Organization: Progressive Connexions
An Inclusive Interdisciplinary Conference
Sunday 5th July 2020 - Monday 6th July 2020
Whistleblowers can play a vital role in exposing illegal, unjust or unethical behaviour on the part of businesses, governments and individuals in positions of power. However, whistleblowing is seldom a black and white matter. Exposing secrets can be instrumental in achieving positive change; but at the same time, such disclosures may run the risk of endangering innocent lives. Affording whistleblowers protection whilst also providing natural justice to those accused of wrongdoing can be a difficult balance to maintain. While whistleblowing empowers those who are generally without power, it could also contribute to the creation of a culture of surveillance and reporting that undermines positive engagement between colleagues, employees and citizens.
As a complex, fundamentally polarizing concept, whistleblowing can take many forms, from hourly workers informing bosses about unsafe working conditions, to high-end employees at international corporations informing the public about health risks, to anonymous informants disclosing illegal practices at the highest levels of governments around the world.
In one of the earliest examples of whistleblowing, two American naval officers in 1777-78 accused the Commander in Chief of the Continental Navy of torturing British prisoners of war. The Continental Congress dismissed the Commander in Chief and covered the naval officers’ defense costs in a subsequent libel suit. The Continental Congress also enacted a law declaring it the duty of persons living or serving in the United States to inform Congress or another proper authority of misconduct, frauds, or misdemeanours committed by a person in the service of the states.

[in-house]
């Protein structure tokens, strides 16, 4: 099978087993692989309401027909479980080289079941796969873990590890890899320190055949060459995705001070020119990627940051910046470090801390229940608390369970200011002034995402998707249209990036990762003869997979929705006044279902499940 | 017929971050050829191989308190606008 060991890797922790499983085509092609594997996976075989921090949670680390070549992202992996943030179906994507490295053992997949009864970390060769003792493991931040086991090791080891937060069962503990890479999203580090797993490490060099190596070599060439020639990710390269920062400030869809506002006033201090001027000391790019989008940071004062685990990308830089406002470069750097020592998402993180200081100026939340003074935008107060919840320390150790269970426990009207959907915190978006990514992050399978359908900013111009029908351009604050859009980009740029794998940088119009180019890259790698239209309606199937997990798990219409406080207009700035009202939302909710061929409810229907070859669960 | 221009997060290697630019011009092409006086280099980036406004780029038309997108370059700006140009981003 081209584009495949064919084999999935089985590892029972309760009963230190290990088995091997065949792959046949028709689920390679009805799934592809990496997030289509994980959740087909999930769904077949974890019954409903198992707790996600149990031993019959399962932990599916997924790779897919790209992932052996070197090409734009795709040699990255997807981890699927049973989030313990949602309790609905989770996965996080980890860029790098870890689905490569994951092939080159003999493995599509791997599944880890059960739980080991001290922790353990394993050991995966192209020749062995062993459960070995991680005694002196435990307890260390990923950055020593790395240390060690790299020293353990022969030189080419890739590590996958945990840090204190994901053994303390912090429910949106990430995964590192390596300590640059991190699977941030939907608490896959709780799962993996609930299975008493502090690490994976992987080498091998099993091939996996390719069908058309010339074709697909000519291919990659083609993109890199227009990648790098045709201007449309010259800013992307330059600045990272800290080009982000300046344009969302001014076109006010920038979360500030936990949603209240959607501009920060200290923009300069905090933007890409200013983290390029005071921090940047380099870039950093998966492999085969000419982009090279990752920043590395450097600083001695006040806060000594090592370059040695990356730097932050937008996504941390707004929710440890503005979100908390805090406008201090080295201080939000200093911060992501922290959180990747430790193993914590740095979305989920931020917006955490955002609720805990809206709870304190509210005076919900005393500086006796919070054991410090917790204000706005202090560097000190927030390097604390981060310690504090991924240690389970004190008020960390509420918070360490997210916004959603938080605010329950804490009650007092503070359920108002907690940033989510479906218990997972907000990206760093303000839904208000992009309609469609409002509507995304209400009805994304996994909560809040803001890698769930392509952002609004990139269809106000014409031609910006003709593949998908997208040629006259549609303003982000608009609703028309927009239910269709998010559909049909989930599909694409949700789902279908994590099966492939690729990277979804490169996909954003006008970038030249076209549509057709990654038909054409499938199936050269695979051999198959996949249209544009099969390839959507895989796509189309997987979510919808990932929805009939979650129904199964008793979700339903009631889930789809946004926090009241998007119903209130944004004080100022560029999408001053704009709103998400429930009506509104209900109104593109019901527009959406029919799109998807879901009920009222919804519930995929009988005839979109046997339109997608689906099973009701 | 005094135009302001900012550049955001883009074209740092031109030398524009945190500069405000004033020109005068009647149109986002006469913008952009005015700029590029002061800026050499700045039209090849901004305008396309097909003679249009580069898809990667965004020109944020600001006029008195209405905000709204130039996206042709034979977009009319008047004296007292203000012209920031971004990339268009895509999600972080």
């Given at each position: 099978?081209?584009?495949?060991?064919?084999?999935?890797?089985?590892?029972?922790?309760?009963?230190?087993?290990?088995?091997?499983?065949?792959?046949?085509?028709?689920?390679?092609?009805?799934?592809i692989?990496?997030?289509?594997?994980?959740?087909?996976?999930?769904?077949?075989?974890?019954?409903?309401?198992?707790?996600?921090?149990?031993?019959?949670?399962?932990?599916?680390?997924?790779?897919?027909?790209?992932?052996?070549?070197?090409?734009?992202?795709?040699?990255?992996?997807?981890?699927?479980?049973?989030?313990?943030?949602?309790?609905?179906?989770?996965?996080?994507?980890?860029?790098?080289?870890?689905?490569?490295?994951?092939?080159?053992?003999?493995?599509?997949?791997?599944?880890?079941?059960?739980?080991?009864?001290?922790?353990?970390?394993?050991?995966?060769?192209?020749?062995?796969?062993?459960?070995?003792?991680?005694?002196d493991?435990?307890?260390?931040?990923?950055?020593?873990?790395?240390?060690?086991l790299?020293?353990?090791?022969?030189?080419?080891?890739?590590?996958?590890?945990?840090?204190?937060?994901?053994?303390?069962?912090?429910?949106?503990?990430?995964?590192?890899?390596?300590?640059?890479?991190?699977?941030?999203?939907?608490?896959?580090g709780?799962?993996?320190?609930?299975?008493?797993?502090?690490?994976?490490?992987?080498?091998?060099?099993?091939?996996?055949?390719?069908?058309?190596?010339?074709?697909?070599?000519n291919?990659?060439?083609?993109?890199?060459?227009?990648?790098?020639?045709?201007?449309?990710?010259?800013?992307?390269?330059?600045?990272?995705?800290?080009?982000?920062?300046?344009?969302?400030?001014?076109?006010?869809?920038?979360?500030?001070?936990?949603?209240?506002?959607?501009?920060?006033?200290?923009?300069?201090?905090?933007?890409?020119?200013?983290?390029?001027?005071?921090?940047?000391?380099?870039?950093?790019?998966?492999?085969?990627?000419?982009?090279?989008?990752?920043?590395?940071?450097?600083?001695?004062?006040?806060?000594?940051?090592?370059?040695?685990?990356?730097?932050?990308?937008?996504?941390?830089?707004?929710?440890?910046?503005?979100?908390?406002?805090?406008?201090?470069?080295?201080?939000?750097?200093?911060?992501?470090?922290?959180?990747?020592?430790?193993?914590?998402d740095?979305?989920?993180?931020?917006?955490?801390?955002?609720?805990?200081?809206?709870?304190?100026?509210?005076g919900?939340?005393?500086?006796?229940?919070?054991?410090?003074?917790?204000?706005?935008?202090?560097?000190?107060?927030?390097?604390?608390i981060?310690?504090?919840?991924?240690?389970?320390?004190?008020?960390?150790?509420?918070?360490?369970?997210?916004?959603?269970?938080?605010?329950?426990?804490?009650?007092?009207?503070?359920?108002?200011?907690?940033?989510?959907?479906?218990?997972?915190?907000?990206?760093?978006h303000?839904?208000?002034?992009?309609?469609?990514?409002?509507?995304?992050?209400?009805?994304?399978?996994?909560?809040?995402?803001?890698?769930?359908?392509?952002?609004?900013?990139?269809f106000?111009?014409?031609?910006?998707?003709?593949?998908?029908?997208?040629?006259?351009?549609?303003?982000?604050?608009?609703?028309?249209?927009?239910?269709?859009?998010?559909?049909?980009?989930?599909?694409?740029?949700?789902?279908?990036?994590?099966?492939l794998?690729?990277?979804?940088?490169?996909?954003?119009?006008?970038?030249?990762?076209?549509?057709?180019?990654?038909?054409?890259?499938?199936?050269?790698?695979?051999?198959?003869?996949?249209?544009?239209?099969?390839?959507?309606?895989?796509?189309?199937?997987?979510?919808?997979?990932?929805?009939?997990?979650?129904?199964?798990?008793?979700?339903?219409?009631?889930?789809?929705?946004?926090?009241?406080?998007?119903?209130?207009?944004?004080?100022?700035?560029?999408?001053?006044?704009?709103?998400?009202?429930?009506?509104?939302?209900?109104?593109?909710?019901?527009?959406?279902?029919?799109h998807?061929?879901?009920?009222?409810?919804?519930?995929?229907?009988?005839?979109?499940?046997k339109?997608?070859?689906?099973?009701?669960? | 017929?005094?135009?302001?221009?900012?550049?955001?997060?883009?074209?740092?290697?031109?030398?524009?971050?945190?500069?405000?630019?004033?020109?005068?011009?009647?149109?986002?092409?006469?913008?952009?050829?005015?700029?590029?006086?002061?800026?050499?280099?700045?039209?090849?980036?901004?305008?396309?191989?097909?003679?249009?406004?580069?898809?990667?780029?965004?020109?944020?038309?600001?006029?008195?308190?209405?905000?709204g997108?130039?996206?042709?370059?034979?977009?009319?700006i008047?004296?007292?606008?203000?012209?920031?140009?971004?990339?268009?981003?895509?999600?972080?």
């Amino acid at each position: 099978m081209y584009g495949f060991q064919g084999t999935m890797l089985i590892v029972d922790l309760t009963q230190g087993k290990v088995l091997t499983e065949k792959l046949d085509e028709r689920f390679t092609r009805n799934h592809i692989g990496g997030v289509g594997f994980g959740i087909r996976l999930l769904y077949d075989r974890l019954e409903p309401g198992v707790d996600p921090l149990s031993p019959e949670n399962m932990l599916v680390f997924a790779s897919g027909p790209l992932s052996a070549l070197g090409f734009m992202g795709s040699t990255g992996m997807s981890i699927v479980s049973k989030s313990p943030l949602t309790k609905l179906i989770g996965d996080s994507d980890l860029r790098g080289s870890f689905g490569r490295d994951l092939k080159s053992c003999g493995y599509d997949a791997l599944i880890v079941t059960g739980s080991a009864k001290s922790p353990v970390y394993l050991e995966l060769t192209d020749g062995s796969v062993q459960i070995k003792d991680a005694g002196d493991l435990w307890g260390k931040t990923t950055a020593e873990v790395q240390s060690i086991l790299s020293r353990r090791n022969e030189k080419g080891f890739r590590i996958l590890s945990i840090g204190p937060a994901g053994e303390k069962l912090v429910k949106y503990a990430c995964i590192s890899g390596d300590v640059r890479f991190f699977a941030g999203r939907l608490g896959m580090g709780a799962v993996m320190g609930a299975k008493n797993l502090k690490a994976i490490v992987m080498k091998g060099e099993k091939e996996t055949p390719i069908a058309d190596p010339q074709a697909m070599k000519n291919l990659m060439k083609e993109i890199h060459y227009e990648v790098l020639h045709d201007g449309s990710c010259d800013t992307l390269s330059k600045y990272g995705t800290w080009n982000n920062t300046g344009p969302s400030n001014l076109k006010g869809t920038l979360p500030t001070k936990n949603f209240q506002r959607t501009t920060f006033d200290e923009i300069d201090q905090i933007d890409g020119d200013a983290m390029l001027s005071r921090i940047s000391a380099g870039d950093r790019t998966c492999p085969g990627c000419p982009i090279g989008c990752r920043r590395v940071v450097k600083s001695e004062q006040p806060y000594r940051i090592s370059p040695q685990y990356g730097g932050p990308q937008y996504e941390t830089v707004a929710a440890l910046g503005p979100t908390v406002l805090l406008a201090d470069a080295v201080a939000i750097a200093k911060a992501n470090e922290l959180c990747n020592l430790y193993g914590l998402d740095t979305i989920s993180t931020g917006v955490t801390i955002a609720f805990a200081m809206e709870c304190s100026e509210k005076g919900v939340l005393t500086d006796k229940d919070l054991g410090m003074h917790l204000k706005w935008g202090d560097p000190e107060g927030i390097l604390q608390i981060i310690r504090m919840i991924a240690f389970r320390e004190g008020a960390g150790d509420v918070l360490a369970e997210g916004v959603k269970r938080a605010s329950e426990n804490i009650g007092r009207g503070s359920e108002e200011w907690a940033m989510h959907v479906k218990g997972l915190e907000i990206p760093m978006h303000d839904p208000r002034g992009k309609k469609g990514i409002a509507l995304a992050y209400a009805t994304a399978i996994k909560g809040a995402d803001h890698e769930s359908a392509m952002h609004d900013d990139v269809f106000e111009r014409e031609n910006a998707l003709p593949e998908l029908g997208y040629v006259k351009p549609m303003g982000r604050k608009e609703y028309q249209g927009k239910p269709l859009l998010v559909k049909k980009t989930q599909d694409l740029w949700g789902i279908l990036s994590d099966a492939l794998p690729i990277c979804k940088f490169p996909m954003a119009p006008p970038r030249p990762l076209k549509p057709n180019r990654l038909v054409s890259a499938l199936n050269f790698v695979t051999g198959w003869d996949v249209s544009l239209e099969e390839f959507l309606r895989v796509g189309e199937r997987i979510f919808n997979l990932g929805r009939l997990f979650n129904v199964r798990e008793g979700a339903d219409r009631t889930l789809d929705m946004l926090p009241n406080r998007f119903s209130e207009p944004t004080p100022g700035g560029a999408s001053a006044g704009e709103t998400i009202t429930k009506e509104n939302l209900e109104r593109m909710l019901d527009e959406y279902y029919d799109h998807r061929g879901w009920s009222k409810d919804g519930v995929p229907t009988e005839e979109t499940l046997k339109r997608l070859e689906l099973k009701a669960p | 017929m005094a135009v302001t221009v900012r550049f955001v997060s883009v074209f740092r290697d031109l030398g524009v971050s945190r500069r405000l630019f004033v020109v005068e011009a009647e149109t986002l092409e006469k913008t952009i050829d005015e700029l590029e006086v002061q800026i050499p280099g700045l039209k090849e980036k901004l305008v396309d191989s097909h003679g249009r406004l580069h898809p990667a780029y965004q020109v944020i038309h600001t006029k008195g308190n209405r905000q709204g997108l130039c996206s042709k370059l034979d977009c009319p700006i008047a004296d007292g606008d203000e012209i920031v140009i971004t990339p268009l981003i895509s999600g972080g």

Fast forward to today, and Wikileaks is the largest whistleblowing operation in the modern era, made possible because of technological advances in knowledge-sharing. The disclosures on WikiLeaks have been enormous in terms of their reach and volume, and have prompted a worldwide cultural conversation about the relationship between national security and individual privacy. The founder of WikiLeaks, Julian Assange, is currently imprisoned, and the focus of differing views on the legality of extraditing him to the USA. WikiLeaks provided a platform for very many whistleblowers, such as Chelsea Manning who disclosed classified military documents and served seven years, commuted from 35 years, for espionage. Edward Snowden lives in exile, in Moscow, with the right to asylum, after also leaking classified documents to journalists about government security operations whilst working for the CIA. Such figures have become household names, partly because of the rise of internet platforms which make it impossible to keep the cases under wraps, and partly because they tap into our deepest desires, to be kept safe from threats and harm, and our deepest fears about the power of states and their capacity for operating global surveillance for their own ends.